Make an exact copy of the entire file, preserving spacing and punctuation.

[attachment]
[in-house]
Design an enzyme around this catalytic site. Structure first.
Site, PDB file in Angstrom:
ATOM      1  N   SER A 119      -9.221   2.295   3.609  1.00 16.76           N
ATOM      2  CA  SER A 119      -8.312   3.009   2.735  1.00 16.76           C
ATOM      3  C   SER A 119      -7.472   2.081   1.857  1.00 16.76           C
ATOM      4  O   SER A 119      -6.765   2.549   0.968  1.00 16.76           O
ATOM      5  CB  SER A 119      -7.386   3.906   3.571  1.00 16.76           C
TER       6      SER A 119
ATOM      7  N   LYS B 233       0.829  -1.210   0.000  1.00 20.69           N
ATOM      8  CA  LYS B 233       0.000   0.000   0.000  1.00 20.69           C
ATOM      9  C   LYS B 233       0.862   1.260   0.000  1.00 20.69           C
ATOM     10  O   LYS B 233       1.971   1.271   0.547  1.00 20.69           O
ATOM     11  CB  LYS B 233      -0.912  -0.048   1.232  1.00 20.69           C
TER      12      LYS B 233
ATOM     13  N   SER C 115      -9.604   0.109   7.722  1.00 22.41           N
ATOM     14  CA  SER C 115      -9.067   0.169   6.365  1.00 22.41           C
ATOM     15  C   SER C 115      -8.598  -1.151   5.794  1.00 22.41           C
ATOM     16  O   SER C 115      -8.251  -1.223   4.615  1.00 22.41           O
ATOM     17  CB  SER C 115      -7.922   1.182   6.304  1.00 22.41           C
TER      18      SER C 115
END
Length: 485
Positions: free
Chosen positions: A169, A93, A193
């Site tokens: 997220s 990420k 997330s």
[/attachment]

[in-house]
Design an enzyme around this catalytic site. Structure first.
Site, PDB file in Angstrom:
ATOM      1  N   SER A 119      -9.221   2.295   3.609  1.00 16.76           N
ATOM      2  CA  SER A 119      -8.312   3.009   2.735  1.00 16.76           C
ATOM      3  C   SER A 119      -7.472   2.081   1.857  1.00 16.76           C
ATOM      4  O   SER A 119      -6.765   2.549   0.968  1.00 16.76           O
ATOM      5  CB  SER A 119      -7.386   3.906   3.571  1.00 16.76           C
TER       6      SER A 119
ATOM      7  N   LYS B 233       0.829  -1.210   0.000  1.00 20.69           N
ATOM      8  CA  LYS B 233       0.000   0.000   0.000  1.00 20.69           C
ATOM      9  C   LYS B 233       0.862   1.260   0.000  1.00 20.69           C
ATOM     10  O   LYS B 233       1.971   1.271   0.547  1.00 20.69           O
ATOM     11  CB  LYS B 233      -0.912  -0.048   1.232  1.00 20.69           C
TER      12      LYS B 233
ATOM     13  N   SER C 115      -9.604   0.109   7.722  1.00 22.41           N
ATOM     14  CA  SER C 115      -9.067   0.169   6.365  1.00 22.41           C
ATOM     15  C   SER C 115      -8.598  -1.151   5.794  1.00 22.41           C
ATOM     16  O   SER C 115      -8.251  -1.223   4.615  1.00 22.41           O
ATOM     17  CB  SER C 115      -7.922   1.182   6.304  1.00 22.41           C
TER      18      SER C 115
END
Length: 485
Positions: free
Chosen positions: A169, A93, A193
């Site tokens: 997220s 990420k 997330s």